Bank Pioneers Move To Manage By Customer Episode, Not Product

Bank Pioneers Move To Manage By Customer Episode, Not Product

Banks that organize around how customers experience the business stand to steadily earn greater advocacy and loyalty.

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Bank Pioneers Move To Manage By Customer Episode, Not Product

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Banks have a stiff challenge with meeting consumer expectations for digital tools, as people grow accustomed to simple, convenient digital channels in other parts of their lives. Consumers young and old prefer using websites and mobile applications for their routine banking transactions, Bain & Company found in our recent survey of 133,171 banking customers in 22 countries. In the U.K., for example, consumers give an average Net Promoter Score (a key metric of loyalty) of 35 to their routine transactions done digitally, higher than the 20 points for transactions done through employees at the branch or call center.

Moreover, banks have barely touched some technologies that have reached a tipping point in consumer markets. In Australia, the UK and the US, 5% to 6% of consumers already use voice assistants for banking; between one-fifth and one-quarter are open to trying the technology for their banking in future.

Beyond the loyalty benefits, there are compelling cost reasons to accelerate development of digital channels that can handle routine transactions and move them out of expensive branches and call centers. Each mobile interaction incurs a variable cost that's a tiny fraction of the cost for a teller or call-agent interaction. As interactions migrate to mobile, a bank needs fewer tellers and call-center agents.

Cost implications also show up in nonroutine events like disputing fees. In the US, there's a significant gap between the leading and the lagging banks in the incidence of these dispute events. Laggards not only suffer from having more detractors among customers as a result, they also bear roughly twice the cost of resolving the dispute as the leaders do. In some cases, this can exceed any differences in the revenues collected from the fees themselves. It's better to eliminate such events in the first place.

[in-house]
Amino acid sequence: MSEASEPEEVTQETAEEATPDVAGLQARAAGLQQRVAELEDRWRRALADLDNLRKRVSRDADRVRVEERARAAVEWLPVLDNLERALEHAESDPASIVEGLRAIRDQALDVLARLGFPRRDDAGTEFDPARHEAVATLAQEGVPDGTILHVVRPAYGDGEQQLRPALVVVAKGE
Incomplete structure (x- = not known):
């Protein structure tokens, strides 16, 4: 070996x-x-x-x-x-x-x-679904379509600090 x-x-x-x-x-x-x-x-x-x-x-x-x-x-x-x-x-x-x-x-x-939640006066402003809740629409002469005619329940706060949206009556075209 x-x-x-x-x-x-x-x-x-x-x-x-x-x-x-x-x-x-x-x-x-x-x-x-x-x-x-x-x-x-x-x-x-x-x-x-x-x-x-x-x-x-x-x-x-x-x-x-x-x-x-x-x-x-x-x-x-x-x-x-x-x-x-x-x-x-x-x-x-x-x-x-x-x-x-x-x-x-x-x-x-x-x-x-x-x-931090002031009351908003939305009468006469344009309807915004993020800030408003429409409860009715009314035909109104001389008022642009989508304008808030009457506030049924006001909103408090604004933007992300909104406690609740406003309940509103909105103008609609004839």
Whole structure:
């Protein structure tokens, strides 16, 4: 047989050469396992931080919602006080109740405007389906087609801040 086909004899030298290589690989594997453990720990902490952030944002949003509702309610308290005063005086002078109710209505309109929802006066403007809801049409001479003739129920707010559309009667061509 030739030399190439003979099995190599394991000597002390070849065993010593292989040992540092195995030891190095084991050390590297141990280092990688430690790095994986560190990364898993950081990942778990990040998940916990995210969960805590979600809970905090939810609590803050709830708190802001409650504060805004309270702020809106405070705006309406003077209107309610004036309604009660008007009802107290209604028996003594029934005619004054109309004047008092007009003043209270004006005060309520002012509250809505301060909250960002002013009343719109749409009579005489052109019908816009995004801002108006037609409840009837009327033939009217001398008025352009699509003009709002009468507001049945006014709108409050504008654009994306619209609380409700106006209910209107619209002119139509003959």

Organizing around customer episodes, not products

We have seen some banks handle these challenges by organizing in a new way, around how customers experience the business. That's a marked departure from the standard, internally oriented approach to organizing around products and functions, such as the checking account or the risk-management function. As part of shifting to the customer experience, a few pioneering banks have adopted as a key unit of management the "episode"—activities that customers perform when they have a task to complete or a need to fulfill. Typical episodes include "I want to pay a bill online," or "I want to buy a home," or "I want to dispute a fee."

Design and management of each episode occur through small, cross-functional teams that are responsible for owning and improving an individual episode. Teams typically use Agile methods to quickly arrive at a minimum viable product, gathering and baking feedback from customers into successive versions of the episode before rolling it out broadly. One bank has managed to take Agile episode management to scale, with more than 250 active teams. The bank is realizing substantial gains as a result. For instance, one team generated an auto-finance mobile prototype in one week, a project that previously would have taken at least six months.

Different episodes require a different blend of digital and human processes, tuned to the unique considerations of each episode. High-stakes, emotional moments of truth, such as handling a complaint, demand outstanding customer service, as our survey respondents strongly prefer working with employees to dispute a fee or resolve a problem. Low-stakes, but frequent, episodes such as reviewing one's account activity should be as fast and convenient as possible through digital channels.

If banks don't reorient their approach and radically accelerate their rate of progress in digital, loyalty will suffer, and they will watch large technology firms such as Amazon and Alibaba poach more business. Meanwhile, their economics will erode as too many routine transactions continue to flow through expensive branch and call-center networks.

Bank employees, used judiciously, will also figure in this competitive battle, as long as they are deployed to resolve complicated problems or serve high-value customers that merit personalized attention. Banks that go a step further to mobilize small teams around individual customer episodes stand to steadily earn greater advocacy and loyalty, the best defense against incursions by technology firms.

Gerard du Toit and Maureen Burns are partners with Bain & Company's Financial Services practice.


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